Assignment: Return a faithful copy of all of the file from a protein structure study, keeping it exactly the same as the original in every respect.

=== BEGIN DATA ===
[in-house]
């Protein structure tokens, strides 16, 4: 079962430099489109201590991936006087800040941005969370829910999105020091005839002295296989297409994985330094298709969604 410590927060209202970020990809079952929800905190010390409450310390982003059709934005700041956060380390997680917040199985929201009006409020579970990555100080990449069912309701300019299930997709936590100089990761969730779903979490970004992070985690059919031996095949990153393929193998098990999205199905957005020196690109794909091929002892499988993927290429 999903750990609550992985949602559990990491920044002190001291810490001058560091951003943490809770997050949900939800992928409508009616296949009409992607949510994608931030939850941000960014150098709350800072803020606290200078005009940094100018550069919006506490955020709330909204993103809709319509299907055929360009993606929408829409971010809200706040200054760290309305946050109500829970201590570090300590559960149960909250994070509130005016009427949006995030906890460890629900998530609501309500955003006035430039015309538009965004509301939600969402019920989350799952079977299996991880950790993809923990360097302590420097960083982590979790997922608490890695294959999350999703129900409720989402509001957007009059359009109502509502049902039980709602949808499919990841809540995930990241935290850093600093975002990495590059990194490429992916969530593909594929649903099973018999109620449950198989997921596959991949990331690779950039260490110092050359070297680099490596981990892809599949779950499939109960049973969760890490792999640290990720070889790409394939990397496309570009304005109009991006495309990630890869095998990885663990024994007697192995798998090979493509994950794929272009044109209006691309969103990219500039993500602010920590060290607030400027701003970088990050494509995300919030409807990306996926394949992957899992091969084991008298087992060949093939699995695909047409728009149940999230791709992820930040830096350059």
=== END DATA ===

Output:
[in-house]
């Protein structure tokens, strides 16, 4: 079962430099489109201590991936006087800040941005969370829910999105020091005839002295296989297409994985330094298709969604 410590927060209202970020990809079952929800905190010390409450310390982003059709934005700041956060380390997680917040199985929201009006409020579970990555100080990449069912309701300019299930997709936590100089990761969730779903979490970004992070985690059919031996095949990153393929193998098990999205199905957005020196690109794909091929002892499988993927290429 999903750990609550992985949602559990990491920044002190001291810490001058560091951003943490809770997050949900939800992928409508009616296949009409992607949510994608931030939850941000960014150098709350800072803020606290200078005009940094100018550069919006506490955020709330909204993103809709319509299907055929360009993606929408829409971010809200706040200054760290309305946050109500829970201590570090300590559960149960909250994070509130005016009427949006995030906890460890629900998530609501309500955003006035430039015309538009965004509301939600969402019920989350799952079977299996991880950790993809923990360097302590420097960083982590979790997922608490890695294959999350999703129900409720989402509001957007009059359009109502509502049902039980709602949808499919990841809540995930990241935290850093600093975002990495590059990194490429992916969530593909594929649903099973018999109620449950198989997921596959991949990331690779950039260490110092050359070297680099490596981990892809599949779950499939109960049973969760890490792999640290990720070889790409394939990397496309570009304005109009991006495309990630890869095998990885663990024994007697192995798998090979493509994950794929272009044109209006691309969103990219500039993500602010920590060290607030400027701003970088990050494509995300919030409807990306996926394949992957899992091969084991008298087992060949093939699995695909047409728009149940999230791709992820930040830096350059």